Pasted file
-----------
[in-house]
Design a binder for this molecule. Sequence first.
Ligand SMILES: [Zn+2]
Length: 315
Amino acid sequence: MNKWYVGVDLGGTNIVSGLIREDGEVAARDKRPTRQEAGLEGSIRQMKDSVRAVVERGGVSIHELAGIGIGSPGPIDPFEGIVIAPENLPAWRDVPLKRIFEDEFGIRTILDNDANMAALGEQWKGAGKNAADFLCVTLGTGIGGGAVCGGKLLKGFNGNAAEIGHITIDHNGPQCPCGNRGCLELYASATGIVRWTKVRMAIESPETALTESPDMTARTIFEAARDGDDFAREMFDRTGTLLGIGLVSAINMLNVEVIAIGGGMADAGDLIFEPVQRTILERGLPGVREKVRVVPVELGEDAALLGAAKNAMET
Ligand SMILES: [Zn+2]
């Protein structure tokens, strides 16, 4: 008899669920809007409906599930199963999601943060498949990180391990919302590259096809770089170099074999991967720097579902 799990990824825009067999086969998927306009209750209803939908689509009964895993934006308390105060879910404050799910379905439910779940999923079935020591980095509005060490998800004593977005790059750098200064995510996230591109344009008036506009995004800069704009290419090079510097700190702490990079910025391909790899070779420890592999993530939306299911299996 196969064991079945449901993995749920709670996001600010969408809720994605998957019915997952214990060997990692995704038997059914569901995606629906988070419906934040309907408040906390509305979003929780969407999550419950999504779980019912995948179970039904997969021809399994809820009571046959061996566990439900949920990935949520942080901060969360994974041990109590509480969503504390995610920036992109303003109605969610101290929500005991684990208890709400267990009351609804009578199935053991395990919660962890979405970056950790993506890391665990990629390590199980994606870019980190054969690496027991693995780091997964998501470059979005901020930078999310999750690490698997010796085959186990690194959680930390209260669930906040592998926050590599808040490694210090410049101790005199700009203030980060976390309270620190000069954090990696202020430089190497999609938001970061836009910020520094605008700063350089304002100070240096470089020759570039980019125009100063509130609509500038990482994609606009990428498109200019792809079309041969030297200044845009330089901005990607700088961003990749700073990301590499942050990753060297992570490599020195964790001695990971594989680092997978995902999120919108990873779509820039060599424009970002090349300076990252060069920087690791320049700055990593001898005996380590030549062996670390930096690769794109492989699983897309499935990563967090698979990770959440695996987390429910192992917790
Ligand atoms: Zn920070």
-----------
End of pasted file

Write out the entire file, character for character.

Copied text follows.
[in-house]
Design a binder for this molecule. Sequence first.
Ligand SMILES: [Zn+2]
Length: 315
Amino acid sequence: MNKWYVGVDLGGTNIVSGLIREDGEVAARDKRPTRQEAGLEGSIRQMKDSVRAVVERGGVSIHELAGIGIGSPGPIDPFEGIVIAPENLPAWRDVPLKRIFEDEFGIRTILDNDANMAALGEQWKGAGKNAADFLCVTLGTGIGGGAVCGGKLLKGFNGNAAEIGHITIDHNGPQCPCGNRGCLELYASATGIVRWTKVRMAIESPETALTESPDMTARTIFEAARDGDDFAREMFDRTGTLLGIGLVSAINMLNVEVIAIGGGMADAGDLIFEPVQRTILERGLPGVREKVRVVPVELGEDAALLGAAKNAMET
Ligand SMILES: [Zn+2]
């Protein structure tokens, strides 16, 4: 008899669920809007409906599930199963999601943060498949990180391990919302590259096809770089170099074999991967720097579902 799990990824825009067999086969998927306009209750209803939908689509009964895993934006308390105060879910404050799910379905439910779940999923079935020591980095509005060490998800004593977005790059750098200064995510996230591109344009008036506009995004800069704009290419090079510097700190702490990079910025391909790899070779420890592999993530939306299911299996 196969064991079945449901993995749920709670996001600010969408809720994605998957019915997952214990060997990692995704038997059914569901995606629906988070419906934040309907408040906390509305979003929780969407999550419950999504779980019912995948179970039904997969021809399994809820009571046959061996566990439900949920990935949520942080901060969360994974041990109590509480969503504390995610920036992109303003109605969610101290929500005991684990208890709400267990009351609804009578199935053991395990919660962890979405970056950790993506890391665990990629390590199980994606870019980190054969690496027991693995780091997964998501470059979005901020930078999310999750690490698997010796085959186990690194959680930390209260669930906040592998926050590599808040490694210090410049101790005199700009203030980060976390309270620190000069954090990696202020430089190497999609938001970061836009910020520094605008700063350089304002100070240096470089020759570039980019125009100063509130609509500038990482994609606009990428498109200019792809079309041969030297200044845009330089901005990607700088961003990749700073990301590499942050990753060297992570490599020195964790001695990971594989680092997978995902999120919108990873779509820039060599424009970002090349300076990252060069920087690791320049700055990593001898005996380590030549062996670390930096690769794109492989699983897309499935990563967090698979990770959440695996987390429910192992917790
Ligand atoms: Zn920070």